Gay Spotlight: Fashion brand Vulgar challenges gender politics and clothing taboos

Akshay Sharma’s clothes want to make a statement. Sure, the name says it all, but there’s a rebellion brewing through clothes that are meant to elicit a response. The NIFT grad isn’t interested in sugarcoating his pretty bow-packaged gender-fluid iterations, crafted at the tertiary level of what’s deemed acceptable, but wants to make a point – which he does loud and clear. . Established in 2020, the brand has quickly gained popularity for its revolutionary and fluid attitude towards fashion.

Sharma’s nostalgic future apparel is wearable, aware of industry shifts, as they come in the form of some of the season’s hottest trends. Sculpted bodysuits? Check. Strategic cutouts – the lovable style icons of fashion week parties are obsessed with? Check. “It’s taken me years of research to finally present silhouettes that are really flowing and not just oversized, you’ll see a lot of structured clothing that’s hard to break down the line between masculinity and femininity. And that’s what makes Vulgar different. what my competitors are offering right now,” says Sharma.

While the message behind the graphic symbolism of the words that splash its designs is politically derivative, the collections serve pure fashion. There is something to be said for the way Sharma articulates her ideas. Much like the late designer Abloh’s debut at Off-White, whose signature mark on products became a defining moment in fashion, Sharma has a clever understanding of how he hopes to communicate his emotions to fabric through his approach. direct and bold symbolism on clothing.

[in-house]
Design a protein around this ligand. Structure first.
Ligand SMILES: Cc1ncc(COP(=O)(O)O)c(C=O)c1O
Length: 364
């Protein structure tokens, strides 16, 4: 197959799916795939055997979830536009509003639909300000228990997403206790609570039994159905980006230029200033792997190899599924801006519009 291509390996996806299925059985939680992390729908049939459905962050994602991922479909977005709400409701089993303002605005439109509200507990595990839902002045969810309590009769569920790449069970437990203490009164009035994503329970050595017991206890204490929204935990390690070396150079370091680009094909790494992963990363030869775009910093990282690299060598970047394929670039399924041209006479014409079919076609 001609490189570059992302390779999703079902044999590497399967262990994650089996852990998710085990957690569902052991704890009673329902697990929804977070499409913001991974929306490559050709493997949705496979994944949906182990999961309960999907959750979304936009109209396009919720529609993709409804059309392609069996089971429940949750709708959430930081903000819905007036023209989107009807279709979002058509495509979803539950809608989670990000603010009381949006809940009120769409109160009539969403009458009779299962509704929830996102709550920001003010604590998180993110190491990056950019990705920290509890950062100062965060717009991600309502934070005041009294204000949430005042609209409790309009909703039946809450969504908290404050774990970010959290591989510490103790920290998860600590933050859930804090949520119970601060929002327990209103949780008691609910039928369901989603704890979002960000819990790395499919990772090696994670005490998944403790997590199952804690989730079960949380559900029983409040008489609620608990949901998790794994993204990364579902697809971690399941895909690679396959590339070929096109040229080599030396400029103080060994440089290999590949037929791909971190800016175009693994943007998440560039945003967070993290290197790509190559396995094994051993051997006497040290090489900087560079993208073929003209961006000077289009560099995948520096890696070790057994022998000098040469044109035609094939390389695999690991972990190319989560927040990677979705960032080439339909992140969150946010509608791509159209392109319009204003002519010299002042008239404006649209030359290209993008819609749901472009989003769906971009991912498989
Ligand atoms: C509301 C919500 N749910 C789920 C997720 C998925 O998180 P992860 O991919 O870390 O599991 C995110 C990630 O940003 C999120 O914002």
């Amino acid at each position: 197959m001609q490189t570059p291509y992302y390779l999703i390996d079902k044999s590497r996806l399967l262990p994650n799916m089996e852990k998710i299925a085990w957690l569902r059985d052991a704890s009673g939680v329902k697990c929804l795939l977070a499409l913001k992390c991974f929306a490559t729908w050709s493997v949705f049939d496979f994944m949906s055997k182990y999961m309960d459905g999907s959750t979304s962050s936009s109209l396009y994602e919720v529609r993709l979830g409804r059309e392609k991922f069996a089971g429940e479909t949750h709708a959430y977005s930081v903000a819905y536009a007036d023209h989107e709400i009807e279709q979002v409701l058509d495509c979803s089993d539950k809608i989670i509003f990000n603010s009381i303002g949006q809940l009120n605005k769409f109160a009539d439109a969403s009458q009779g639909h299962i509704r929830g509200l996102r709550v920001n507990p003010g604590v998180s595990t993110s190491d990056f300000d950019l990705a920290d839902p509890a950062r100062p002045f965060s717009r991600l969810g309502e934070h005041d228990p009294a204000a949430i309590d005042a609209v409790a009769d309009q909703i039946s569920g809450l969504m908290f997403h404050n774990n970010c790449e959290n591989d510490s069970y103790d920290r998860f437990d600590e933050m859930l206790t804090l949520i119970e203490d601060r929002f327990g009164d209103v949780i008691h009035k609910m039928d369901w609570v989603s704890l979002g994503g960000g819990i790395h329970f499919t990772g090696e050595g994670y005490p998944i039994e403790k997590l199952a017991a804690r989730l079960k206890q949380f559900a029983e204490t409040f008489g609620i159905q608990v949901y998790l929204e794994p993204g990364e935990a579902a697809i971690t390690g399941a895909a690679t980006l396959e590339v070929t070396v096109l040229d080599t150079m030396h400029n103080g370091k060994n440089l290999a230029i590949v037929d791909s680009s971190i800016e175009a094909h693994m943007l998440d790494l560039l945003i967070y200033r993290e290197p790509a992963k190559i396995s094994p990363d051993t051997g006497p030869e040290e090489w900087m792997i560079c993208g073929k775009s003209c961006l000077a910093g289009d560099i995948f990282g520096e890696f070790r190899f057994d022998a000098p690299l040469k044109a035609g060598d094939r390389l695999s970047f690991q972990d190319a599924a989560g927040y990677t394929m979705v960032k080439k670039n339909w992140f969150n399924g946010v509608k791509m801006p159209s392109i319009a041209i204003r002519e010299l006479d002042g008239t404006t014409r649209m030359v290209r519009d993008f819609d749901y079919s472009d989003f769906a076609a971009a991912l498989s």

“Vulgar’s logo is a maze of targets. It is a metaphor for how people with different identities and ideologies are targeted when they do not adhere to socially acceptable moral conduct. The maze in the target symbolizes freedom and liberation when one finally passes through it,” Sharma explains. With his debut collection, ‘Intellectual Punks’, he takes this overall theme forward by highlighting terms with some level of explicitness stamped on t-shirts in an attempt to open up a dialogue about uncomfortable topics and sexual taboos. .

Fluidity is at the heart of the label, where Sharma hijacks genre-assigned design codes to unpack and question its heteronormative origins. “I’ve always been fascinated by fluid fashion. It goes back to my childhood when I used to play dress up with my mother and my sisters. My family, especially my mom and dad, have always supported and encouraged my gender expression and there has never been a dull moment. I remember my mom choosing my fashion week looks. Even in fashion school my project was about androgyny, it was always part of me,” Sharma recalls. “I would say the biggest push was when my mother passed away and I wanted to put my grief into art and Vulgar came out of it,” he adds.

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